"Because I was 15, I couldn't decide if my rapist was to be arrested or set free, so my father decided that it was okay not to press charges on him because somebody had to take care of my son," said Raquel, whose son is now three years old.

That decision still haunts Raquel and she is angry at the choice made by her dad, who had not been a part of her life before then.




Though John has apologised, Raquel says she still does not trust him or feel comfortable talking to him. She has had to take him to court for child support.

"I just don't like him," Raquel said. "My son is in the picture now, so, therefore, I know I have to put my feelings aside for a little while to allow him to know his real father."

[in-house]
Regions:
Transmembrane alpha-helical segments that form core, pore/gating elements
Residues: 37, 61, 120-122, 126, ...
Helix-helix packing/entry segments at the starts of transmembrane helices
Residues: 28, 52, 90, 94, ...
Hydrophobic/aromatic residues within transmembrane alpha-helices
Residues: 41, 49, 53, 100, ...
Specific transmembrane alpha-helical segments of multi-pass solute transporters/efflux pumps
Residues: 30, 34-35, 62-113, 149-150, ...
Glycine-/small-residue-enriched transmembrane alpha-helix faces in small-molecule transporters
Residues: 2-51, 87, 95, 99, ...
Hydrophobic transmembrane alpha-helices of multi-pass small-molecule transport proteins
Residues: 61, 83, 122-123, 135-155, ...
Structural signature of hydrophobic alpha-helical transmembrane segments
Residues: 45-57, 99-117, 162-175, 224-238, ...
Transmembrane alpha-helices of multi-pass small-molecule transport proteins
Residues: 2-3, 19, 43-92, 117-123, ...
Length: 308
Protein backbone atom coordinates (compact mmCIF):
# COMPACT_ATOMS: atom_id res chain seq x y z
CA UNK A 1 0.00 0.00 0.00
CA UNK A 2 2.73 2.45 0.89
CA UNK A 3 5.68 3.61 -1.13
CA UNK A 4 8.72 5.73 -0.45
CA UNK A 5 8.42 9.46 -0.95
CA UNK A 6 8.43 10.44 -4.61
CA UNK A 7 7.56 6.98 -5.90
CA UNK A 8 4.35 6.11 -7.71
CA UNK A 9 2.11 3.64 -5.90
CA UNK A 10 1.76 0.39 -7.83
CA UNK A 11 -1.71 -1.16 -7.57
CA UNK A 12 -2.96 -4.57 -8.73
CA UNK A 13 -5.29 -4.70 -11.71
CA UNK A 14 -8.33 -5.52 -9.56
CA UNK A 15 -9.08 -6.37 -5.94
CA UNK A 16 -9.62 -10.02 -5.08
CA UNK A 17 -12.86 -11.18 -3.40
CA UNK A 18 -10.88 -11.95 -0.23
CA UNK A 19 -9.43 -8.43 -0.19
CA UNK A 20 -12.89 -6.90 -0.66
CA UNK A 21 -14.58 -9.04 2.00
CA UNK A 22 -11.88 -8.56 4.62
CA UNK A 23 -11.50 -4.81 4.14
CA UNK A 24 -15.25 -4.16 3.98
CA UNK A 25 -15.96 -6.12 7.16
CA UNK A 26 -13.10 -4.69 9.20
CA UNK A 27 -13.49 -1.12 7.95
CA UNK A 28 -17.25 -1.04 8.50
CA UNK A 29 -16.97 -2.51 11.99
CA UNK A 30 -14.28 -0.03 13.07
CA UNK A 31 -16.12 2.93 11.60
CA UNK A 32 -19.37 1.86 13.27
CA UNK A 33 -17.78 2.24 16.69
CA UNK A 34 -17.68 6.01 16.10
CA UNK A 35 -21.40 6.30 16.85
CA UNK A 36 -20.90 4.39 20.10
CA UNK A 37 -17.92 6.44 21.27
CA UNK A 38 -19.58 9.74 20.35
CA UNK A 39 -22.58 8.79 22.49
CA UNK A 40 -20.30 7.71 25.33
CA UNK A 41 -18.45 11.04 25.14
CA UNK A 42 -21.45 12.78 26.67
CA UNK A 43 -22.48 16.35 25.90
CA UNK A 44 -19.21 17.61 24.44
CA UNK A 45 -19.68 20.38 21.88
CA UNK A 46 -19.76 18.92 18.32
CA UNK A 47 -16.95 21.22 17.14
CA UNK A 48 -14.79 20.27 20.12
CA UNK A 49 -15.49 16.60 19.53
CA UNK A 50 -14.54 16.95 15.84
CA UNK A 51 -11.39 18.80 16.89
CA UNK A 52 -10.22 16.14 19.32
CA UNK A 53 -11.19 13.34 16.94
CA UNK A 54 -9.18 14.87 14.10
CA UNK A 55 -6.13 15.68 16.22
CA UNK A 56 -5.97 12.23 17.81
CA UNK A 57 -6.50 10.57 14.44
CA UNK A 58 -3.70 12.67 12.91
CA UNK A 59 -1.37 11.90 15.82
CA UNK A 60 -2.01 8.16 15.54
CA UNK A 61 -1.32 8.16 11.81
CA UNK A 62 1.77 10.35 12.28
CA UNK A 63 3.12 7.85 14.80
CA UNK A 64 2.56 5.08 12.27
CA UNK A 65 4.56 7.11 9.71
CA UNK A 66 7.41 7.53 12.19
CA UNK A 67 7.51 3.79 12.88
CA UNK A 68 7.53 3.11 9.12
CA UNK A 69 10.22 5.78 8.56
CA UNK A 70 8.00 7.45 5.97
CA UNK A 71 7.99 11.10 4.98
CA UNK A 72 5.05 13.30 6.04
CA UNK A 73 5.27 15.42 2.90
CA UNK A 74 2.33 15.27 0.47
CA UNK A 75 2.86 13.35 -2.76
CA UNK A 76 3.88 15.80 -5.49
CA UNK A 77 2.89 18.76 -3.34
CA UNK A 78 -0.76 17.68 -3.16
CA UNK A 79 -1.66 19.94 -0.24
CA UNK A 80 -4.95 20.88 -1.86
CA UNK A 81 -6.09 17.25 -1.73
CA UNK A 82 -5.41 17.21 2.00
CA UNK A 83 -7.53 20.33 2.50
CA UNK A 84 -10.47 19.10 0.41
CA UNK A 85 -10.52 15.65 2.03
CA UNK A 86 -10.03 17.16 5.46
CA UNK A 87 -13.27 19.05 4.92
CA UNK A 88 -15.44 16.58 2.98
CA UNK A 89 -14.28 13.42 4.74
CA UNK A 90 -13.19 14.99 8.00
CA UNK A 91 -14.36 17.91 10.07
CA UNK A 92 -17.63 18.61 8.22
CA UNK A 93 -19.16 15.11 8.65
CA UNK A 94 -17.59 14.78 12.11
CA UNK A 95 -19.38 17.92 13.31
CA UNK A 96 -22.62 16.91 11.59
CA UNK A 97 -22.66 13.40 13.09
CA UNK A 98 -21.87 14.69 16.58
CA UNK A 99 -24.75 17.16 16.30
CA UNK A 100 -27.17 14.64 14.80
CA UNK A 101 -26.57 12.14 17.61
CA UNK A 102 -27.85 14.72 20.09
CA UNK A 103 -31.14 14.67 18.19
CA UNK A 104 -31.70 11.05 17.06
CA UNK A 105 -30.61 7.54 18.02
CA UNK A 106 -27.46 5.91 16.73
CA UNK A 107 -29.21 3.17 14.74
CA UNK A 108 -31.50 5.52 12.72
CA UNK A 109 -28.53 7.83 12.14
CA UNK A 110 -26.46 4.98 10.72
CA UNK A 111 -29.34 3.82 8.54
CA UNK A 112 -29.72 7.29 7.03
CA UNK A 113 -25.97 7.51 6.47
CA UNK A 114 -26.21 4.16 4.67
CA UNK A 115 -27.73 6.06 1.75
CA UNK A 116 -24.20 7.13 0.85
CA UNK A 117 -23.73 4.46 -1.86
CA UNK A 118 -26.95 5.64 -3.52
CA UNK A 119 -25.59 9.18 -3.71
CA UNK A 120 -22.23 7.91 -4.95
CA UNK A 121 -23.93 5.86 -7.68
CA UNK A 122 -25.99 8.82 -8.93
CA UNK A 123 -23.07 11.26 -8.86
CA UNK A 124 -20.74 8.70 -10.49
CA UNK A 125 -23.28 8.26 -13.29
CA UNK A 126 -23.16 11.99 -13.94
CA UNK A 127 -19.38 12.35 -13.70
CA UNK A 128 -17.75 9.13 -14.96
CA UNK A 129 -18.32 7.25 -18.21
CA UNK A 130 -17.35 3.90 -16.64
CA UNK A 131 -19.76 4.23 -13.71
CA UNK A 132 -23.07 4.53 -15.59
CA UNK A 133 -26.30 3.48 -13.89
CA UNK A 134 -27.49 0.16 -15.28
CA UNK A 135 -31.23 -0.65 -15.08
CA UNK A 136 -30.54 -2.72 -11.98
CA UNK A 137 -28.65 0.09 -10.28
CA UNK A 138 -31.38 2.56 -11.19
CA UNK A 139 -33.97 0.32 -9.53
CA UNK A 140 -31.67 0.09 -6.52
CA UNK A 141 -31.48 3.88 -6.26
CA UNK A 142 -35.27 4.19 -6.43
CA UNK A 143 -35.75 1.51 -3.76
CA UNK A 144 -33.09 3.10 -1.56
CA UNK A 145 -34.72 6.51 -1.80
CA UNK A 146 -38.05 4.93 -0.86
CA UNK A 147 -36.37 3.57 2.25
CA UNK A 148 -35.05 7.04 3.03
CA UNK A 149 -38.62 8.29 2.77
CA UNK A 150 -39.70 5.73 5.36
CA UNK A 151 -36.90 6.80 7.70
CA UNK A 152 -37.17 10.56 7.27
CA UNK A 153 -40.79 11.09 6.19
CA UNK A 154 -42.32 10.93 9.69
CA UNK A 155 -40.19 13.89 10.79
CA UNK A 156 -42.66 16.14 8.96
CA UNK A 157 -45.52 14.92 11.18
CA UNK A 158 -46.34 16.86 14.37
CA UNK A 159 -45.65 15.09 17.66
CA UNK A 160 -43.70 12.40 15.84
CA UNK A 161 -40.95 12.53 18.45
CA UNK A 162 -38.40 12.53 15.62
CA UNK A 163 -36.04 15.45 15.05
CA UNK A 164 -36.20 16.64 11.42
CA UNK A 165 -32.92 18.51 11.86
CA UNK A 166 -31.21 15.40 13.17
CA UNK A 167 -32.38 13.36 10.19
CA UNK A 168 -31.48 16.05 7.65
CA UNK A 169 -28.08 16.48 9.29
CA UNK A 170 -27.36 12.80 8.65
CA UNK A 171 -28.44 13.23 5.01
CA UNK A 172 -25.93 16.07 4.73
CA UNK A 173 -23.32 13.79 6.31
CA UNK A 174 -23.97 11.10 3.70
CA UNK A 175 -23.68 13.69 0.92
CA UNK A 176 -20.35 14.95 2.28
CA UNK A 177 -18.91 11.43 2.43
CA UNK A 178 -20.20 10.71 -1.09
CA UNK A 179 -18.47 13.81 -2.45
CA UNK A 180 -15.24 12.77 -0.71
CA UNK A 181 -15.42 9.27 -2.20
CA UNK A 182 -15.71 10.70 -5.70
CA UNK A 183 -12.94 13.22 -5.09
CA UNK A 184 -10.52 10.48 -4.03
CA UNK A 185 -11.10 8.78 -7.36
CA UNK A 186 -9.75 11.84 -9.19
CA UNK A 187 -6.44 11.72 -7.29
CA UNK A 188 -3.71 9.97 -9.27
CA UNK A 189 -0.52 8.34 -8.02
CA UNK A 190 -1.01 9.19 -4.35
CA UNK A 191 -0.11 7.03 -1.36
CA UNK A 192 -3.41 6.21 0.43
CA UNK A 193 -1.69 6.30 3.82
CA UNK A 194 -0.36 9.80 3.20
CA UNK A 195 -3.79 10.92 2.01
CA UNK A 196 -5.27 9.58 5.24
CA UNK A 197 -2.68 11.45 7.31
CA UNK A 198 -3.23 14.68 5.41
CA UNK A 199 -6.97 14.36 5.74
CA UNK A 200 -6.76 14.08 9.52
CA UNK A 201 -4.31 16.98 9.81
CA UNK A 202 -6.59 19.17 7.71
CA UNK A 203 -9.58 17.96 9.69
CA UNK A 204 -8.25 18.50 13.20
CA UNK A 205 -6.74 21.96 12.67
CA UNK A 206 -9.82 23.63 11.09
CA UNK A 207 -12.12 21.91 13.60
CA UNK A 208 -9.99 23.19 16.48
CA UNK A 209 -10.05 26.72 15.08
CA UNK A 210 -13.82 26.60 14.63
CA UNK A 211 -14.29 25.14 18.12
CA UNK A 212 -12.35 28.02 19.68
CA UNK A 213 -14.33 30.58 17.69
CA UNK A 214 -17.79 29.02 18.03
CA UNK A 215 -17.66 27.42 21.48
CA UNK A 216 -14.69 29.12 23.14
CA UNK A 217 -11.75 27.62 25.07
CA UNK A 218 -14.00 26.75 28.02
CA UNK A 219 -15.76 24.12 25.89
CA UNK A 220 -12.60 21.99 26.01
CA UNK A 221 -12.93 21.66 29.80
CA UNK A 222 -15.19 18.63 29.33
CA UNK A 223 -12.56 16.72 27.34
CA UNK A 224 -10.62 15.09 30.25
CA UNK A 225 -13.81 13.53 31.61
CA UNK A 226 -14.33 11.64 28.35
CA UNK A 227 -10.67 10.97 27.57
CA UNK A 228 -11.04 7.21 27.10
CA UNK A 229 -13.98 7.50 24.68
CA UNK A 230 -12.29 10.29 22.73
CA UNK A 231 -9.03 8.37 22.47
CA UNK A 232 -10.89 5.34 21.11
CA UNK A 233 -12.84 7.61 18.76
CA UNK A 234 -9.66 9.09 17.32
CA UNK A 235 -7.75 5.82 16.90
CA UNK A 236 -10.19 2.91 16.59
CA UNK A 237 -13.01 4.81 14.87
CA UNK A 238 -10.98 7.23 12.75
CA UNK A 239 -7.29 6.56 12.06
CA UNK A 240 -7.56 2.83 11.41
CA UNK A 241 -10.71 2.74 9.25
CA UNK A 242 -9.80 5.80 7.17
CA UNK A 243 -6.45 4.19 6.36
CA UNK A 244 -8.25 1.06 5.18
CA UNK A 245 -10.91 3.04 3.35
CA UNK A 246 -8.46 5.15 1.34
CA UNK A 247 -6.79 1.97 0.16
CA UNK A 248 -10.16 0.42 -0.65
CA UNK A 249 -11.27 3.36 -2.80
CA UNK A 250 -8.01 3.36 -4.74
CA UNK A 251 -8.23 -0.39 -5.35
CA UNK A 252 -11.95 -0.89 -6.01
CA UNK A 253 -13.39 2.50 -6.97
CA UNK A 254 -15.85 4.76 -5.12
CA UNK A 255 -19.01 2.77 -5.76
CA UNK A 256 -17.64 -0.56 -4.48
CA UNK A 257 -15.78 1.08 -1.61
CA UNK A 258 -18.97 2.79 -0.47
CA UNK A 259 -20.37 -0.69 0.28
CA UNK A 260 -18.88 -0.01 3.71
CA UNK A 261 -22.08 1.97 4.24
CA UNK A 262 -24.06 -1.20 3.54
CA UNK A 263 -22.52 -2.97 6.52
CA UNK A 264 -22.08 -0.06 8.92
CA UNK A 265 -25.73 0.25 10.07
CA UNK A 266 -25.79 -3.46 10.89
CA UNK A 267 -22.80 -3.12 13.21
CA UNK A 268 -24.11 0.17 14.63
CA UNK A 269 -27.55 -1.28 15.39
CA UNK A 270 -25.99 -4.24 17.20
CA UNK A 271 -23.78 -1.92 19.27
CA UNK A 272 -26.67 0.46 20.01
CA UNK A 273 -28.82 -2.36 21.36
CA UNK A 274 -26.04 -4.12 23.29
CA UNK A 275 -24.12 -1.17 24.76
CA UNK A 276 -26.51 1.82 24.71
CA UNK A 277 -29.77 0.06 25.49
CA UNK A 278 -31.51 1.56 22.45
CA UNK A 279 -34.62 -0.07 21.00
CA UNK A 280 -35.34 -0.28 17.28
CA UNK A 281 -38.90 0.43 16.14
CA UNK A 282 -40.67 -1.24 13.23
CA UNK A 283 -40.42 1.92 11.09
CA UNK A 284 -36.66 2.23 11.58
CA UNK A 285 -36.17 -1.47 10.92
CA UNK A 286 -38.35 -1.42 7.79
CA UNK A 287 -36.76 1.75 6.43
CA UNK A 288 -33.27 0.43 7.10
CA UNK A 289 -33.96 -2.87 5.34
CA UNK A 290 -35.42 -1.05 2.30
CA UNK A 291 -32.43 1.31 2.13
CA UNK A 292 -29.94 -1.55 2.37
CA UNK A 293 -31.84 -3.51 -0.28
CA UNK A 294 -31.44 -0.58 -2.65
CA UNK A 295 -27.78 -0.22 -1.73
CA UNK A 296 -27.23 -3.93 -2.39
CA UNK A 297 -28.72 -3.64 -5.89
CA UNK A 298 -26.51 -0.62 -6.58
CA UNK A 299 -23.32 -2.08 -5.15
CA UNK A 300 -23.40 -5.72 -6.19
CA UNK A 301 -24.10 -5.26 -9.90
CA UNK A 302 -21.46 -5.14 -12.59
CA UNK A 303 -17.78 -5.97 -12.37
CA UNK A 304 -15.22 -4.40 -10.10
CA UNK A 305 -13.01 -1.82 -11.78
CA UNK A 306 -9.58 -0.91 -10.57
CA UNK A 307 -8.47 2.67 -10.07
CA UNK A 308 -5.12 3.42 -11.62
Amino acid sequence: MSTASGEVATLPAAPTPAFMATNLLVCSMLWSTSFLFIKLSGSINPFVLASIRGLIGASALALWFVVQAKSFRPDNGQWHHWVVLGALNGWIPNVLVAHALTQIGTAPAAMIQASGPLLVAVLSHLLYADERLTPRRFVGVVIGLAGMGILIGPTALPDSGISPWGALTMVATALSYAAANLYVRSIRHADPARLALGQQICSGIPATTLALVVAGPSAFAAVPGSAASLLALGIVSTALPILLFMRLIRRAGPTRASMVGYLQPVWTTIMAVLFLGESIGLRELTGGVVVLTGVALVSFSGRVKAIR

According to Raquel, she intends to one day tell her son the circumstances under which he was conceived, as she expects him to question why he does not have the same last name as her one-year-old son that she now has for her fiancÈ.

Though now engaged to the father of her second child, it took a while for Raquel to allow herself to get close to another man.

"After being raped, I distinctively told myself that I no longer wanted to be with a man. I just despised men - even my own father. I would see him and just started arguing with him for no reason," said Raquel, who is still bitter that none of the perpetrators were punished.

But as she gets past the hurt, Raquel is giving thanks for Eve For Life, a non-governmental organisation which supports women living with or affected by HIV/AIDS, which has been her greatest support.

She now does voluntary work for the group speaking to girls who have suffered similar experiences.

* Names changed to protect identities.